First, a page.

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Due to the steady depletion of fossil energy sources and associated environmental damage, transport companies and individuals are looking for alternative fuels. One of such alternatives is ethanol, which has been utilized diversely for thousands of years. Currently, ethanol is one of the most promising biofuels that are likely to substitute the traditional energy sources. Recent trends show a significant ethanol production and consumption growth, along with biodiesel and some other renewables. According to Gupta and Demirbas (2010), ethanol fuels production doubles every four years: “The global ethanol production has increased from 10.7 billion gallons in 2004 to 20.4 billion gallons in 2008” (p. 75). This paper covers pros and cons of the ethanol fuel, as well as relevant government’s policies that regulate its use.
Combustive properties of ethanol differ significantly from those of traditional fuels: “When compared with gasoline, ethanol has a higher octane number, broader flammability limits, higher flame speeds, and higher heats of vaporization” (Gupta & Demirbas, 2010, p. 73). These characteristics are essential in the use of ethanol as a transportation fuel. High octane number allows for the compression increase in the internal combustion engines, resulting in a higher performance. Safety considerations also favor the use of high-octane fuels, as the probability of uncontrolled ignition (detonation) is low due to the required high compression level. Additionally, the high octane number makes ethanol fuel suitable for both atmospheric and turbocharged engines.
High flame speeds of ethanol result in a very short burn time in comparison with traditional fuels. This feature allows constructing engines with higher rotational velocity, which in turn leads to the performance increase. High rotational velocity also facilitates the mechanical power transmission through the multi-level gears, increasing the engine efficiency. Ethanol contains 35 percent of the oxygen, which makes it a highly oxygenated fuel in contrast with fossil fuels. Consequently, the combustion process does not require as much additional oxygen as in the case with traditional fuels. On top of this environment-friendly feature, ethanol combustion produces extremely small amount of harmful particles and nitrogen oxides.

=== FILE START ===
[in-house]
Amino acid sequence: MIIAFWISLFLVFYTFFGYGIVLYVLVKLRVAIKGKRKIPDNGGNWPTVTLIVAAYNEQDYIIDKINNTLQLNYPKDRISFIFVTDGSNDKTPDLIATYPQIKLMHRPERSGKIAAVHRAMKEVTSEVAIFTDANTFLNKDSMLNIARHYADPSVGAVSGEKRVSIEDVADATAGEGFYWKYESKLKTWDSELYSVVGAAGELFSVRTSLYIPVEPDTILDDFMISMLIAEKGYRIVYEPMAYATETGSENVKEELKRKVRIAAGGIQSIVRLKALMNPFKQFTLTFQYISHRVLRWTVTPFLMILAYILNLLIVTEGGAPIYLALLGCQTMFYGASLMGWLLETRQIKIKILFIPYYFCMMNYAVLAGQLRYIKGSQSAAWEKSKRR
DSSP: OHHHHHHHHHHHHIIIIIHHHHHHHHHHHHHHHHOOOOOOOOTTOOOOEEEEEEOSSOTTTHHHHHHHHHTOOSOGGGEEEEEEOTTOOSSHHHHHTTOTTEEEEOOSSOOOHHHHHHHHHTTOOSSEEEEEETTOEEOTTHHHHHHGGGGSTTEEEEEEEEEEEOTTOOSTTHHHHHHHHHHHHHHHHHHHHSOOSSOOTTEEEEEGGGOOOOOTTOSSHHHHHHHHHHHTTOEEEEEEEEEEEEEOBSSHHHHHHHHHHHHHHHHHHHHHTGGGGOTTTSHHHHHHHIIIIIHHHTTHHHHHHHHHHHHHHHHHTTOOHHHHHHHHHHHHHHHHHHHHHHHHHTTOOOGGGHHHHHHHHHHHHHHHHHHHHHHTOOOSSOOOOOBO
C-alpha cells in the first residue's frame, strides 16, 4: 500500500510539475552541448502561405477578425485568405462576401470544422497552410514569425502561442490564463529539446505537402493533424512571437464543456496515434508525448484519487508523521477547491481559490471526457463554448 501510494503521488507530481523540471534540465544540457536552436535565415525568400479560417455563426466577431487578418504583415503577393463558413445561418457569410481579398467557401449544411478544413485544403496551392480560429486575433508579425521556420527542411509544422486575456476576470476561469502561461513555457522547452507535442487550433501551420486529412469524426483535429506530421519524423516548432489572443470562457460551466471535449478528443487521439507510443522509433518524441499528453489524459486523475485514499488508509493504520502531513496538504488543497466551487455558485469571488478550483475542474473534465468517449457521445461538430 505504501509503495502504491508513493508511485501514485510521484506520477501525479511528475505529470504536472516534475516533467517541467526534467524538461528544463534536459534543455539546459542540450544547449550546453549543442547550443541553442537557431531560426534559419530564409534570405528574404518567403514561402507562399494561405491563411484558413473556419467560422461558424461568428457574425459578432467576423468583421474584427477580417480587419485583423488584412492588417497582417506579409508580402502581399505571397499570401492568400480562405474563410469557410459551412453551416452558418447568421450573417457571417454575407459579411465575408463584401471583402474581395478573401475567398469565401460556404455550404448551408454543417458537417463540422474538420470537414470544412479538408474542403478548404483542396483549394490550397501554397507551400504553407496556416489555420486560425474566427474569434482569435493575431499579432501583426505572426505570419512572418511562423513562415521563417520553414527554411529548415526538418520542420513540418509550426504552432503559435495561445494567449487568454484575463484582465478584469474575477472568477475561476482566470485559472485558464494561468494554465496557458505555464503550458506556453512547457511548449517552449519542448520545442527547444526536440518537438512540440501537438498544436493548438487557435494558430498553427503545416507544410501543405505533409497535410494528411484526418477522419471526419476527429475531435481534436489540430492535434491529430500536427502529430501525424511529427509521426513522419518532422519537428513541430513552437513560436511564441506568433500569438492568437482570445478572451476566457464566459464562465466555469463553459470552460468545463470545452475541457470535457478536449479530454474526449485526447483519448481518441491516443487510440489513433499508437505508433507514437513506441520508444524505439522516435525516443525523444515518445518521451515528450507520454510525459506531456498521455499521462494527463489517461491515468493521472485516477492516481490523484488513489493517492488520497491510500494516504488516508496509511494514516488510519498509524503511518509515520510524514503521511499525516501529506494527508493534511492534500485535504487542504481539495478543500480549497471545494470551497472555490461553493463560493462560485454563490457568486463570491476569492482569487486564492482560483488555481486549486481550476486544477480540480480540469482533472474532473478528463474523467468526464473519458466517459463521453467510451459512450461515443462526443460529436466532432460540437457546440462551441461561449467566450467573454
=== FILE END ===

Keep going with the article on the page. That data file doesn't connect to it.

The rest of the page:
There are certain disadvantages, associated with the ethanol use as a transportation fuel. Ethanol can be easily mixed with the water, which will reduce its usability dramatically. Low vapor pressure makes the cold engine start problematic, limiting the ethanol use in the traditionally cold regions. Although the ethanol toxicity is much lower in comparison with fossil fuels, massive spills can cause certain environmental damage as well.
Generally, government regulations tend to promote the ethanol production and consumption as a transportation fuel. In early days of this new application of ethanol, state and local authorities were rather cautious: “Their concern relates … to the potential for evasion and abuse of the … tax structure that exists for the manufacture of distilled spirits for human consumption” (Freudenberger, 2009, p. 27). However, the advantages of the new approach soon became apparent, and now it is enough to obtain an Alcohol Fuel Producer Permit to start the ethanol production. According to Freudenberger (2009), “Today, any questions tend to be more related to environmental issues, fire and safety codes, and insurance liability” (p. 37). Close governmental control does not prevent the rapid growth of ethanol fuel industry as long as producers abide by the state laws.
Current trends demonstrate that the share of traditional fuels in transportations will continue to decrease. Growing complexity of the fossil fuels extraction, subsequent prices rise and the environmental damage will encourage the use of alternative energy sources, especially the renewable ones. Ethanol fuel is likely to play one of the major roles in the approaching fuel markets’ restructuring.